Eddie Long, founder of the megachurch New Birth Missionary Baptist Church, issued a statement today on the church's website saying he will abide by the confidentiality agreement reached in a settlement with four men who sued him for sexual coercion. Two of the men recently spoke to Atlanta reporters, apparently defying the agreement.
The complete statement from Long posted on New Birth's website today:
"We have a long history of dutifully serving those in need in the local and global communities and we will continue to do so. We are committed to the calling of a strong, viable and relevant ministry of the Gospel of Jesus Christ.
"Unfortunately, we are in the media again and people are wondering what I am going to say. All I have to say is what we stated earlier. All parties involved decided to resolve the civil cases out of court. The decision was made to bring closure to this matter and allow us to move forward with the plans God has for this ministry.
"I will continue to honor and abide by my commitment of confidentiality and restraint as it relates to the resolution of the civil litigation and will not be diverted from the important work of the ministry.
"I thank God for your faithful support of my journey to South Africa where thousands where blessed and more than 700 people gave their lives to Christ. We also were able to sow more support into the HIV/AIDS Hospice in Johannesburg that we partnered with last year. We built a wonderful bridge of relationships with pastors and community leaders to further establish the Kingdom and bless others.
"I love you and thank you for your continued commitment and dedication.
Bishop Eddie L. Long"
Two of the accusers, Jamal Parris and Spencer LeGrande, spoke to the Atlanta Journal-Constitution and WSB-TV a week ago, saying they had found no inner peace with the financial settlement reached with Long and the church in May.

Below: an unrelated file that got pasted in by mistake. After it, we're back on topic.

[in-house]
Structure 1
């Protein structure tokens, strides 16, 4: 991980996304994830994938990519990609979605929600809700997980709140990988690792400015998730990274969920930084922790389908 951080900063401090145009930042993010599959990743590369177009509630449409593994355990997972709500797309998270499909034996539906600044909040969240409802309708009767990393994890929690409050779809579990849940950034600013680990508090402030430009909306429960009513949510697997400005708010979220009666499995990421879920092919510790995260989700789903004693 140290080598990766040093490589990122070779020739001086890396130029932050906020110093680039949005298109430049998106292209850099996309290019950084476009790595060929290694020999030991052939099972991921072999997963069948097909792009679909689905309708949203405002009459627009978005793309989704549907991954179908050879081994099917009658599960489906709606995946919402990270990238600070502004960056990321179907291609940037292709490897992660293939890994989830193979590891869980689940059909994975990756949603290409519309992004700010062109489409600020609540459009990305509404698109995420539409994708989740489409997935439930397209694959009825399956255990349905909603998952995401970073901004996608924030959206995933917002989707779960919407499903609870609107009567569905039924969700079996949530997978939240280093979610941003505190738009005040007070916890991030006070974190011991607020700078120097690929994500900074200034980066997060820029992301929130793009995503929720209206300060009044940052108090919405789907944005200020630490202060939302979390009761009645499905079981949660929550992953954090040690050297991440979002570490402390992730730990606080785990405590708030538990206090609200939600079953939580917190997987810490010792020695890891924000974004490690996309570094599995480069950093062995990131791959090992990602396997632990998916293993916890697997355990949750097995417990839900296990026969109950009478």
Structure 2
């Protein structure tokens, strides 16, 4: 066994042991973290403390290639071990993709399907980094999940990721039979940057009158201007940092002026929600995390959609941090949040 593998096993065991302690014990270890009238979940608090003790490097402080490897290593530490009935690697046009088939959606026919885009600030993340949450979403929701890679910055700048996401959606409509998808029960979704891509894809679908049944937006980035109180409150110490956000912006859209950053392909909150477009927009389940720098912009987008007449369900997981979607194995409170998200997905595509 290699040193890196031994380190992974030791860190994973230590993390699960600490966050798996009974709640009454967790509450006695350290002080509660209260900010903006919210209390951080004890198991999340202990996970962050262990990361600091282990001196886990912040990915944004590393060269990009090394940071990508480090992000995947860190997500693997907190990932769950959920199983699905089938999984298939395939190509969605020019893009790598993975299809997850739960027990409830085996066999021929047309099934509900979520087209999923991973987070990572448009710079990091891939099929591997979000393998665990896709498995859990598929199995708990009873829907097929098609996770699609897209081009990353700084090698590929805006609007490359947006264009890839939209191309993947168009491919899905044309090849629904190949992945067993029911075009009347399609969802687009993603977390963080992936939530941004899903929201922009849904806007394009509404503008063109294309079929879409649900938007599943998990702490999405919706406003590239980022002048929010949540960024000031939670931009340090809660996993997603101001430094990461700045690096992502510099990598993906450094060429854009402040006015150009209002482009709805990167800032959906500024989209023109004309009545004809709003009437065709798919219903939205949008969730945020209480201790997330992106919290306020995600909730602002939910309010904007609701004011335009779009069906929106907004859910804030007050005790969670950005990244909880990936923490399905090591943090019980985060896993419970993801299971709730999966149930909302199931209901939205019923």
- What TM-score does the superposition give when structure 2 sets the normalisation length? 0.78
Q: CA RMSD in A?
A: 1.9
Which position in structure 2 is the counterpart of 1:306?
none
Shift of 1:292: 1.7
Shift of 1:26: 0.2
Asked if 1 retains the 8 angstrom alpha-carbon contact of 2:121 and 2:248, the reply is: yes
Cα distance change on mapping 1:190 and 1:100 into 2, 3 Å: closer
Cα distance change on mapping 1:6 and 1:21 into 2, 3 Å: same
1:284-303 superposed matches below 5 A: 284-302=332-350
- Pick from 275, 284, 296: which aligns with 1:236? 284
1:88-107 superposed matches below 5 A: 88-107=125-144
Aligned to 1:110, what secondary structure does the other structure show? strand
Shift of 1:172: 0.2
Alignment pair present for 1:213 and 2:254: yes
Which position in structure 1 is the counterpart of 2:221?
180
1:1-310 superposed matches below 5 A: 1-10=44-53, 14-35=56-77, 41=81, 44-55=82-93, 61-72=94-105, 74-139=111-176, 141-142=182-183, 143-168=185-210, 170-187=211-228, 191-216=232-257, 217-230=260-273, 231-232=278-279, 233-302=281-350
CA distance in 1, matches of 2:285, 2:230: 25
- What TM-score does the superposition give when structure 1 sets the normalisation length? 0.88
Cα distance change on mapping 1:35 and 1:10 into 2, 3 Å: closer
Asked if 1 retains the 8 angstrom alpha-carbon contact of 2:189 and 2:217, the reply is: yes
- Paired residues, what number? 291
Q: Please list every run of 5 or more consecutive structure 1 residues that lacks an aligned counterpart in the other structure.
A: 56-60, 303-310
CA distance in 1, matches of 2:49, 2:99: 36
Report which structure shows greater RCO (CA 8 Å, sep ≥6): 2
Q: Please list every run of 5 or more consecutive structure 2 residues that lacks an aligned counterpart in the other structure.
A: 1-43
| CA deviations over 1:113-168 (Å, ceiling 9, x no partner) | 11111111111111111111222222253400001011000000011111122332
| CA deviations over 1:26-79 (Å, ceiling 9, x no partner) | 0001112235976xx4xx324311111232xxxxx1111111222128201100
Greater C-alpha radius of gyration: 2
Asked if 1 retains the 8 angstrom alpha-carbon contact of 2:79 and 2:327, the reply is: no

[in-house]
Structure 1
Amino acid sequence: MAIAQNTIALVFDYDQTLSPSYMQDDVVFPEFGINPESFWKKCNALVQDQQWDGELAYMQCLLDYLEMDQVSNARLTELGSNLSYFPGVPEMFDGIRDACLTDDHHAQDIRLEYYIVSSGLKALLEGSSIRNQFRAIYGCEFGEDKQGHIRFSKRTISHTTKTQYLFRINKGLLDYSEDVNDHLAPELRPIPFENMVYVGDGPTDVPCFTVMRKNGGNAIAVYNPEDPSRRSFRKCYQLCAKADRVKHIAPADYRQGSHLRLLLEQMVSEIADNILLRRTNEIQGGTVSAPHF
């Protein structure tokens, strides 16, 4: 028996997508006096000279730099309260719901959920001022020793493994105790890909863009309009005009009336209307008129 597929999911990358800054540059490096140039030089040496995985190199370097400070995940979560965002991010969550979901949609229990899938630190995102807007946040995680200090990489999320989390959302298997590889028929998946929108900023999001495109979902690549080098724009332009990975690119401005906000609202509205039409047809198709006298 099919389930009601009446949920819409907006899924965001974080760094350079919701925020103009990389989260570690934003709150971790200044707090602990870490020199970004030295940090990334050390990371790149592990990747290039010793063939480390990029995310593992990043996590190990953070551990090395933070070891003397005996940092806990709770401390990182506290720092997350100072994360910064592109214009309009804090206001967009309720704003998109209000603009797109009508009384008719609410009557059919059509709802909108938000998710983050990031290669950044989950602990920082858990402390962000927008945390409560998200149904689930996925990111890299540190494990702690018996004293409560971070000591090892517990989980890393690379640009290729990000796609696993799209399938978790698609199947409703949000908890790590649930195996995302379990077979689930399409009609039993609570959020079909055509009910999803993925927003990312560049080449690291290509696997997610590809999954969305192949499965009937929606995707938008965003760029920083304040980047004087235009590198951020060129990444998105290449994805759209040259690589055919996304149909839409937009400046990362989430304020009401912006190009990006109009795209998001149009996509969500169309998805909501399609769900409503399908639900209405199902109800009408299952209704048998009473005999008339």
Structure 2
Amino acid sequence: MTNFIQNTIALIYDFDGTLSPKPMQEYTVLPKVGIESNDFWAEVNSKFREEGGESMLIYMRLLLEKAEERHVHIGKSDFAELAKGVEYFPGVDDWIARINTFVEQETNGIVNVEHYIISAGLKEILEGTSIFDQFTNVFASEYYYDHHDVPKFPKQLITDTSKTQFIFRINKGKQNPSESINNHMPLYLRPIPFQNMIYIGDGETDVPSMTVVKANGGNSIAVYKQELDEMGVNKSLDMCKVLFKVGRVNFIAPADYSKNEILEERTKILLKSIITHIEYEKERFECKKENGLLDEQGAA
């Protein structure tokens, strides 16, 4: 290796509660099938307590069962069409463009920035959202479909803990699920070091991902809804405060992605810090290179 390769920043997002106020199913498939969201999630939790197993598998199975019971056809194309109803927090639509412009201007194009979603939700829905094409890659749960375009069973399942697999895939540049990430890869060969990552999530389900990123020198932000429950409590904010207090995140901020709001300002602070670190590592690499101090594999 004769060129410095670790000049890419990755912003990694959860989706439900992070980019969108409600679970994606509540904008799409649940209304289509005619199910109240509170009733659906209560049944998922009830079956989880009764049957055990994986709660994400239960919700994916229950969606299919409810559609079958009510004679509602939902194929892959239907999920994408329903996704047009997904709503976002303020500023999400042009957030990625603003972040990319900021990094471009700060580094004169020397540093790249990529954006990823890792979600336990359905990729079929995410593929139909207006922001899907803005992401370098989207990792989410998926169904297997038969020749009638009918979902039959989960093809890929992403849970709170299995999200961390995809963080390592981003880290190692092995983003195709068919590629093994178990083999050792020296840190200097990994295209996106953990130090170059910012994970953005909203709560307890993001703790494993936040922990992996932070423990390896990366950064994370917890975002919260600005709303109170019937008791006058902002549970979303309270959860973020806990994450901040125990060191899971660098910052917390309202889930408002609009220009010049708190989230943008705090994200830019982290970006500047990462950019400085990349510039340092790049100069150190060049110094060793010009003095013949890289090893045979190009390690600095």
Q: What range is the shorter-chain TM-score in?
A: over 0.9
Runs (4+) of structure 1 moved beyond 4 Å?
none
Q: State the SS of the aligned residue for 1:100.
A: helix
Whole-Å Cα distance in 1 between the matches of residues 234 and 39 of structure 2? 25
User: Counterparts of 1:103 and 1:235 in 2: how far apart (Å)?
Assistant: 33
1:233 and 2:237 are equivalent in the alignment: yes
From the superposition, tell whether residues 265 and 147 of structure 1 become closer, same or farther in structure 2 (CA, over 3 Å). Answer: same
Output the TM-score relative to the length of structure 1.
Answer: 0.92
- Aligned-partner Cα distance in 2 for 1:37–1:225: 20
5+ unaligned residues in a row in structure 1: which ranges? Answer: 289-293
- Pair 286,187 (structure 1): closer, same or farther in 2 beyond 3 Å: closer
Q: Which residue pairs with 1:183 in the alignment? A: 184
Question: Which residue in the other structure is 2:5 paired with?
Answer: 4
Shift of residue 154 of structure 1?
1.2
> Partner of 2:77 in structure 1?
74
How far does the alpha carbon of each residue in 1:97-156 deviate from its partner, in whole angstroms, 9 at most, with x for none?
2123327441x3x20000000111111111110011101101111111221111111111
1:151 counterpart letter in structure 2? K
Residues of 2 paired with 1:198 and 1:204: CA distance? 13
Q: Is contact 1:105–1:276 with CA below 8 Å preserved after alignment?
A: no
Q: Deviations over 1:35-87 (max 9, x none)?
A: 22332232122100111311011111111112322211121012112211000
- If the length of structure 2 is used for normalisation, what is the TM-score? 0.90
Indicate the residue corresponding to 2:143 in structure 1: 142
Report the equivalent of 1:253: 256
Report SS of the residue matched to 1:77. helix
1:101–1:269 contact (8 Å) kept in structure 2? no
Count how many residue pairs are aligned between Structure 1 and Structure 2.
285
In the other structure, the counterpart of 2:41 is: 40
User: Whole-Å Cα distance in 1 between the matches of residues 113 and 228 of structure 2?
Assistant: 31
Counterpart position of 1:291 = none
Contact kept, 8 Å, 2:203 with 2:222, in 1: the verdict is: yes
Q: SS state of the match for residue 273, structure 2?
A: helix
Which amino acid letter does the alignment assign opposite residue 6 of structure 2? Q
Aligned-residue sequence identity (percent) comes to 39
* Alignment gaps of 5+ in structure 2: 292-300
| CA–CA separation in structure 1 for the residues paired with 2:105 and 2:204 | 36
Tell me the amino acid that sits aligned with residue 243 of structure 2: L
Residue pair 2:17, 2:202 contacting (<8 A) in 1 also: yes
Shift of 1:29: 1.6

Long was sued by LeGrande, Parris, Anthony Flagg and Maurice Robinson last September. The men accused Long of using money, extravagant gifts of jewelry and trips to place such as New Zealand to coerce them into sexual relationships after they reached the legal age of consent in Georgia of 16. He met all of the young men through New Birth.
The accusations against Long were somewhat shocking to many because of Long's strong anti-gay views, including a ministry as part of his church that works to "convert" gay people. Long also led a march through the streets of Atlanta against gay marriage as well as other for other issues, including health care.
Many LGBT leaders decried the apparent hypocrisy of Long and said the allegations against him, if true, would "blow the hinges of the church's doors."
Civil rights icon Julian Bond skipped Coretta Scott King's funeral because it was held at New Birth. He said because of her progressive views on LGBT equality and Long being a "raving homophobe" he knew he could not be there.
On Sept. 26, 2010, days after the lawsuits were filed, a defiant Long addressed a packed church of some 8,000 supporters and said, "There have been allegations and attacks made on me. I have never in my life portrayed myself as a perfect man, but I am not the man that is being portrayed on the television," Long said to cheers from the congregation. "That is not me."
“I have been accused. I am under attack. I want you to know, as I said earlier, I am not a perfect man, but this thing I’m gon’ fight,” Long added.
“And I want you to know one other thing: I feel like David against Goliath, but I got five rocks and I haven’t thrown one yet,” he said, dropping his microphone with an audible thump.
Long denied all the allegations made against him.
Atlanta attorney BJ Bernstein, who represented the four men, issued a statement at the time of the settlement in May that "The matter has been resolved. Neither attorney Bernstein nor the plaintiffs themselves will be available for interview on this matter, now or in the future. There is no spokesperson for the plaintiffs' team other than attorney Bernstein, and she will have no further comment on the case."
h/t Rod 2.0